- How robust are the conclusions in the AR5 Physical Science Basis report? Have the IPCC adequately addresses [sic] criticisms of previous reports? How much scope is there to question of the report’s conclusions?
- To what extent does AR5 reflect the range of views among climate scientists?
- Can any of the areas of the science now be considered settled as a result of AR5’s publication, if so which? What areas need further effort to reduce the levels of uncertainty?
In my view, the suggestion that a formal process can itself guarantee the absolute accuracy of any document and put its conclusions beyond question is a misrepresentation of the way science works. It is often suggested that, because they have been restricted to peer-reviewed sources and passed through multiple stages of review, the IPCC’s conclusions are beyond reasonable doubt. This is misleading, because it focuses attention on the process, rather than the evidence itself.
I don't think this is a convincing reply. Allen confuses absolute certainty (which you never will get in science) with the question if the knowledge is credible and trustworthy. How can this be achieved? Allen says not by procedure but by the evidence itself. But if this were the case we still would need to have someone to say what the evidence is, given that there are many research papers which come to (sometimes) different conclusions.
The reason why IPCC reports lack credibility among some observers is that it overstates what it can achieve. It says it uses a peer review mechanism and reviews only peer reviewed research papers--both claims are obviously not true. The IPCC is answering to the UNFCCC and governments appoint its reviewers. Scientific excellence is not the main criterion (in fact, the criteria are opaque), this would be the case if the Academies of Sciences were to appoint a review board. The IPCC does not perform own research but conducts an assessment and evaluation of existing work. Academically speaking this would be a systematic review. But the IPCC does not use this terminology and has no mechanism to ensure that such a review would be conducted by an independent team. Conclusion: if a proper procedure was applied, the results of such a review would be trustworthy.
Allen further notes:
The problem with IPCC’s response to criticisms of previous assessments is that the focus has been entirely on formalizing procedures, whereas the reports ultimately depend on the collective scientific judgment of IPCC authors and reviewers. In some respects, tighter procedures may even have a distorting effect, particularly when coupled with the infrequency of IPCC reports. For example, I am aware of two papers (on one of which I was a co-author) being accepted on the day of the deadline for inclusion in the IPCC 5 th Assessment, both of which provided evidence for a downward revision of the uncertainty range for climate sensitivity. A third paper, providing evidence for a higher value for climate sensitivity, was accepted two days later, and hence could not be included. The fact that the first two papers and not the third contribute to the official consensus view on climate sensitivity for the next six years is clearly absurd.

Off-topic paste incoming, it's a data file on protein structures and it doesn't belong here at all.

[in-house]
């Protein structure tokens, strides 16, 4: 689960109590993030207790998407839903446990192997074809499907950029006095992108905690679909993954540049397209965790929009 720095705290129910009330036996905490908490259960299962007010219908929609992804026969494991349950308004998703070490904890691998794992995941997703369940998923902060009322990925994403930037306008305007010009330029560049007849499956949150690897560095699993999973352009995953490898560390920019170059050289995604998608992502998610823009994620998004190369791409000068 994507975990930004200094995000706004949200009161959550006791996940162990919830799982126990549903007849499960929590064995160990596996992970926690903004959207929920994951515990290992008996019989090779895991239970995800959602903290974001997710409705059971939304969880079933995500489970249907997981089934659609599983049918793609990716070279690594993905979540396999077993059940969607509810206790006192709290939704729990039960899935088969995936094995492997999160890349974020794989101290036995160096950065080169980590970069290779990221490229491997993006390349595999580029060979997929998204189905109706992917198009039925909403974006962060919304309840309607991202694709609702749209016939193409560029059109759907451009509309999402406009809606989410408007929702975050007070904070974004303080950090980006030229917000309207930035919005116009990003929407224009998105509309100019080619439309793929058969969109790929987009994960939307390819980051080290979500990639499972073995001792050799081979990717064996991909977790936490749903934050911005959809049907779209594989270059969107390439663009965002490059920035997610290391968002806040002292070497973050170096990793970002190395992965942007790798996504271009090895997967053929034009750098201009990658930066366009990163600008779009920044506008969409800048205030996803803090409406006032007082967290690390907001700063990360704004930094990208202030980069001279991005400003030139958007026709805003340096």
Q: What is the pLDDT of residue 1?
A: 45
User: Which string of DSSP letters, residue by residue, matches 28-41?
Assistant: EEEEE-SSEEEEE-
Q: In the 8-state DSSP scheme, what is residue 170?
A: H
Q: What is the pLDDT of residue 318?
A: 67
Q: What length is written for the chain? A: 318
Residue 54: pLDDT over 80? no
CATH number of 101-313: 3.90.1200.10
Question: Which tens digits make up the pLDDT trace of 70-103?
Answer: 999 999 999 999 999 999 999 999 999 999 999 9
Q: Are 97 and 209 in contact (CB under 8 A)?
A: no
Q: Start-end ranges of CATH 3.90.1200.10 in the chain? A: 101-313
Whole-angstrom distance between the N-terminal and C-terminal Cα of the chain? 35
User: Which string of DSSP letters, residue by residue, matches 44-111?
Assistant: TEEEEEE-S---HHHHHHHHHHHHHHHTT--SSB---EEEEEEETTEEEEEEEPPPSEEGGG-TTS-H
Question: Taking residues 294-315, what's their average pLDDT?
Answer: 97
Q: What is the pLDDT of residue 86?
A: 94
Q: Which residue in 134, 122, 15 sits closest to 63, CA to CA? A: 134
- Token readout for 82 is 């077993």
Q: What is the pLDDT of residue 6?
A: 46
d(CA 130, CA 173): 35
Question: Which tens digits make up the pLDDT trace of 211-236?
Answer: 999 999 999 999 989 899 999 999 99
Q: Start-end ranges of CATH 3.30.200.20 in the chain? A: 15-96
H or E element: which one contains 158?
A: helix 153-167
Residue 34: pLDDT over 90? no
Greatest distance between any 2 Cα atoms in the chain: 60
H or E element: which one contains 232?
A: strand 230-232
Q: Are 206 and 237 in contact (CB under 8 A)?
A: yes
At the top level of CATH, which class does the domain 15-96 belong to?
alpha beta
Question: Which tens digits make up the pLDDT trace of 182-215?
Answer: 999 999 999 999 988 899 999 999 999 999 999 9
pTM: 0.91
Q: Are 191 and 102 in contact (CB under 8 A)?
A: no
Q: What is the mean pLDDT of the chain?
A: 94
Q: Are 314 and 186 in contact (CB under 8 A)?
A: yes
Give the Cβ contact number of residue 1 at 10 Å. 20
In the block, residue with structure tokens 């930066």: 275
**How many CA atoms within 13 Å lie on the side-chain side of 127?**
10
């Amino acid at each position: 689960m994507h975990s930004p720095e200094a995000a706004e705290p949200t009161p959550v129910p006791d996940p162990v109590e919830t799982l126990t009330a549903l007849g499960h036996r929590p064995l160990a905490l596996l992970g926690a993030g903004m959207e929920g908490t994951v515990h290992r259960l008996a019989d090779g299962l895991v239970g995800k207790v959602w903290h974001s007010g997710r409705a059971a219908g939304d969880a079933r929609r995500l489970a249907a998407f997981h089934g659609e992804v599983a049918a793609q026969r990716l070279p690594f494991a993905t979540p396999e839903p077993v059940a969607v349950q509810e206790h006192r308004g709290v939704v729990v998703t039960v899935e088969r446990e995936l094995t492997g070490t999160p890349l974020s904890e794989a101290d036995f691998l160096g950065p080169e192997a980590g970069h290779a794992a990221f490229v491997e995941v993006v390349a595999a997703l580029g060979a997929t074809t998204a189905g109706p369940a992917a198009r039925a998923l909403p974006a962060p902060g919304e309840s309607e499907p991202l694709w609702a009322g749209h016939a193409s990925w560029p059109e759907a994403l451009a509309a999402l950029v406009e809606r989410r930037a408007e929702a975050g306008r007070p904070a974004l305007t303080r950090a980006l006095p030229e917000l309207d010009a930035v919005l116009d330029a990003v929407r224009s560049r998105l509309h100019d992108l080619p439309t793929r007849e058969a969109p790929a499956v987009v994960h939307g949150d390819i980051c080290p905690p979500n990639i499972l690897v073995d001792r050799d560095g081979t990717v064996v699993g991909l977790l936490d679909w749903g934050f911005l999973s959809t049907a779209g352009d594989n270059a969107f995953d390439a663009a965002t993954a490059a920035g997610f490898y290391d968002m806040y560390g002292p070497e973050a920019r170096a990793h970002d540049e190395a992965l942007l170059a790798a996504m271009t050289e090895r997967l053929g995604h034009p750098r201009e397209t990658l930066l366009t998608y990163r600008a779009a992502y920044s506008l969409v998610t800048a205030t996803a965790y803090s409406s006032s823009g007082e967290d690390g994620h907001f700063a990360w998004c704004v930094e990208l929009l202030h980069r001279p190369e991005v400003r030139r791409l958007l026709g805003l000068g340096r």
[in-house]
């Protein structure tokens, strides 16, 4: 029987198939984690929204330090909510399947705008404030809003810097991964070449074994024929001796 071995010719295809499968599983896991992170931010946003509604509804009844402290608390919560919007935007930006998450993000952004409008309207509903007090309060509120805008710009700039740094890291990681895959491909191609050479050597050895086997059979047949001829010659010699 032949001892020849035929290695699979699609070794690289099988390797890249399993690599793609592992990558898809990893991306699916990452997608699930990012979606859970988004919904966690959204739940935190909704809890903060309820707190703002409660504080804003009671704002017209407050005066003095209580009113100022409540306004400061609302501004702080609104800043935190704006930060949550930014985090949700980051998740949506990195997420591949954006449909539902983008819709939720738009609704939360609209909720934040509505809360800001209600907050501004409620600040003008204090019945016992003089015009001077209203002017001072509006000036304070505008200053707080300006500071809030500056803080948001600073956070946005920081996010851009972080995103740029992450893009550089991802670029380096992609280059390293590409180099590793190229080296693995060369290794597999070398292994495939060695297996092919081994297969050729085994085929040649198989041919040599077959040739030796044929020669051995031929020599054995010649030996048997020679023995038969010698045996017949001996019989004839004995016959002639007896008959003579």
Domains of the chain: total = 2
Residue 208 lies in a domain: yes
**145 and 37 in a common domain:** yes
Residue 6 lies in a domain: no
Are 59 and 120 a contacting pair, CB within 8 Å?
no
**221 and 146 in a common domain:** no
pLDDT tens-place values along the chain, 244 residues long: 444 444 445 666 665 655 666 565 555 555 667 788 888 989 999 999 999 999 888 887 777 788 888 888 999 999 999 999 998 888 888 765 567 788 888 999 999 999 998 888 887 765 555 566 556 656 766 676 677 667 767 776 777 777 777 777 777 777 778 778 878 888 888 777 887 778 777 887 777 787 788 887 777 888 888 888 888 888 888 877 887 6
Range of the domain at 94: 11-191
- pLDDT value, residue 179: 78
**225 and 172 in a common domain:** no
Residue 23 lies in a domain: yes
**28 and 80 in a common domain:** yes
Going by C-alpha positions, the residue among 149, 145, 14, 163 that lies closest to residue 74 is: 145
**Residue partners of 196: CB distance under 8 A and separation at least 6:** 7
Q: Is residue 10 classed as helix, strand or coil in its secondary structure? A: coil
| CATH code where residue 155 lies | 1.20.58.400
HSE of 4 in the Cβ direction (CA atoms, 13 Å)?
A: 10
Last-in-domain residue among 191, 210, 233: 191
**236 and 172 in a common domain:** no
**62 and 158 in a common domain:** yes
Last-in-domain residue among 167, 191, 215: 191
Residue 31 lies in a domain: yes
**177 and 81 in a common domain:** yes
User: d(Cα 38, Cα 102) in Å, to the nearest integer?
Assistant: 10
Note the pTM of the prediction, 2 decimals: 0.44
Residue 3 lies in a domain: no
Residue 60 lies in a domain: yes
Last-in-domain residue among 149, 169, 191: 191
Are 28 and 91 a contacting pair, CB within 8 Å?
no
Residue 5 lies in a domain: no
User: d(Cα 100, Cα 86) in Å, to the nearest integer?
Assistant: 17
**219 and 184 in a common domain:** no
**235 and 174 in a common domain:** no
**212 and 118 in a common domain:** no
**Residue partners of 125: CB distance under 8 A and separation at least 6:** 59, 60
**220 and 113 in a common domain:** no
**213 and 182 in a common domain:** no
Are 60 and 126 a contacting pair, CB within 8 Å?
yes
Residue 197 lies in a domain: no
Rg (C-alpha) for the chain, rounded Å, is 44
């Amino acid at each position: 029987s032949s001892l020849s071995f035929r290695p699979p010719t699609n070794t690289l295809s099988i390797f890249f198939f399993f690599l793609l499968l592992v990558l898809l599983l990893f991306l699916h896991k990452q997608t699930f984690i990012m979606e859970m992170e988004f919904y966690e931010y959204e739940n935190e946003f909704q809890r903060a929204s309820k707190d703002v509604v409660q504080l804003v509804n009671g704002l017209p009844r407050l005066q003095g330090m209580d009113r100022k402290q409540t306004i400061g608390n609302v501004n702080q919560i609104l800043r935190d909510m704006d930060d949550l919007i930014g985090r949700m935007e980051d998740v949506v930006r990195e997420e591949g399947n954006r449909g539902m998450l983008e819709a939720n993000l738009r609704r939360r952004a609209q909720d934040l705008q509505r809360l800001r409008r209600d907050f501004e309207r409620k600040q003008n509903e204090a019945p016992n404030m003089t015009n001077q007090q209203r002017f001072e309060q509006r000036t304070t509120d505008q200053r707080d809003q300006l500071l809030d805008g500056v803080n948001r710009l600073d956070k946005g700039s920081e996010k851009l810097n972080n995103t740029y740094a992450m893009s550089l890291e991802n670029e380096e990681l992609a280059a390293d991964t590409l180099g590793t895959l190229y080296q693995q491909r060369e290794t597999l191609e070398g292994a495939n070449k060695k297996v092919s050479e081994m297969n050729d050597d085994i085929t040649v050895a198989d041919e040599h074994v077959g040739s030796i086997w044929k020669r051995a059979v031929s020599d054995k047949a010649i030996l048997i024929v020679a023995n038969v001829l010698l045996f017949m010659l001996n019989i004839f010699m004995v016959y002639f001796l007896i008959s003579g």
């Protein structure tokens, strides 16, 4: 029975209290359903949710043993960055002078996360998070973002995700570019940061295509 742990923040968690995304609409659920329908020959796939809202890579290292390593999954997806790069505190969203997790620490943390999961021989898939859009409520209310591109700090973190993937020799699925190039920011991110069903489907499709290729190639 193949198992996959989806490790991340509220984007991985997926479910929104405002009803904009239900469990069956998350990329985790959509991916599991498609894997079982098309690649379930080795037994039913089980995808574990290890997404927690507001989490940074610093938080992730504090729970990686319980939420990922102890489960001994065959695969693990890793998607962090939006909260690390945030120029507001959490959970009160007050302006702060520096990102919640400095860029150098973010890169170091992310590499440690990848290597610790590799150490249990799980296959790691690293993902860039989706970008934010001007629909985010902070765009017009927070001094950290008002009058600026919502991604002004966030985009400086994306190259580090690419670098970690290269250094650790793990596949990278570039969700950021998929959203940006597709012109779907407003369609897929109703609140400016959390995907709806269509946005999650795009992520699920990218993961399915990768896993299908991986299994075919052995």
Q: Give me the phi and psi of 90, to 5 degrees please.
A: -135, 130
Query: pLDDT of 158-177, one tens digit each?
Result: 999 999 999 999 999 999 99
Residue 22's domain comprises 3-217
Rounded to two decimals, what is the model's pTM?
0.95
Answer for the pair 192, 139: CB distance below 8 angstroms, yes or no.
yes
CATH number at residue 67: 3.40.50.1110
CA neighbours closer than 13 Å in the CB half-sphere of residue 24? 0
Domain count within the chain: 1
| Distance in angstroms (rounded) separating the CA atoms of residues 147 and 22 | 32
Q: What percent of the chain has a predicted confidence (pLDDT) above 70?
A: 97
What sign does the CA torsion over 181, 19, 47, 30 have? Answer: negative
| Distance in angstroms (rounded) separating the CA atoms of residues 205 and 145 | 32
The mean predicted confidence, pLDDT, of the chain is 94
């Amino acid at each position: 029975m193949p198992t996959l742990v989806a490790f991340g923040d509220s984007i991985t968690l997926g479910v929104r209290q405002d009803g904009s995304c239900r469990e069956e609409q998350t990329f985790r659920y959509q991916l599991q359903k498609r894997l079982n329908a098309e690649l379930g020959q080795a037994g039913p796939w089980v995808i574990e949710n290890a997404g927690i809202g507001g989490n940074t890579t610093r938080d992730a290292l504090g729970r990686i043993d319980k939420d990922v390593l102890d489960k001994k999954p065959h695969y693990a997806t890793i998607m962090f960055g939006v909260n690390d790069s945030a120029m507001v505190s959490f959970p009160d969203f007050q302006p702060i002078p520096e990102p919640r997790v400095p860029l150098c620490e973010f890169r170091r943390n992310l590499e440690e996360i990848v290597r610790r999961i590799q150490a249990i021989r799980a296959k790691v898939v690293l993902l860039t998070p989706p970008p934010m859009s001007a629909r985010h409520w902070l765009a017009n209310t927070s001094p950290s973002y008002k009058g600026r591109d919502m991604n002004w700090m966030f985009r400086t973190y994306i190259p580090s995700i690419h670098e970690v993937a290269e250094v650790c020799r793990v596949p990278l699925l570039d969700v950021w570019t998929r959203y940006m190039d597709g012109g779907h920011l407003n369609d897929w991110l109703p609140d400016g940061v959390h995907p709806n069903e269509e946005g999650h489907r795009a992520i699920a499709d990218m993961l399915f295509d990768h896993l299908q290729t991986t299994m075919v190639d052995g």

This is another red herring against proper procedure. If there are deadlines in a review process (in any review process) they will have to be enforced. The alternative would be to have ad-hoc assessments (perhaps as soon as a new paper is published?) which would just create a parallel structure (with a slight time lag) to published research. The question seems to boil down to an appropriate time frame--but not to question the procedure of systematic review.
BTW, Allen has some fairly critical remarks about temperature reconstructions (compare this to Michael Mann’s earlier comments who feels vindicated by the AR5 report):
Likewise, I can also confirm that the particular reconstruction of Northern Hemisphere temperatures over the past millennium (the so-called “Hockey Stick”), which subsequently came in for considerable criticism, was not in any way central to the conclusions of the 2001 Assessment regarding attribution of causes of recent warming. We were aware of these proxy climate reconstructions, but did not give them much weight in the attribution assessment because the statistical methods used were (and arguably still are) rather opaque. I remember specific discussions among the attribution chapter authors questioning the error budgets of those reconstructions, and concluding that it would be premature to rely on them too heavily. With the benefit of hindsight, these discussions seem remarkable prescient, and confirm the importance of scientific judgment in the IPCC process.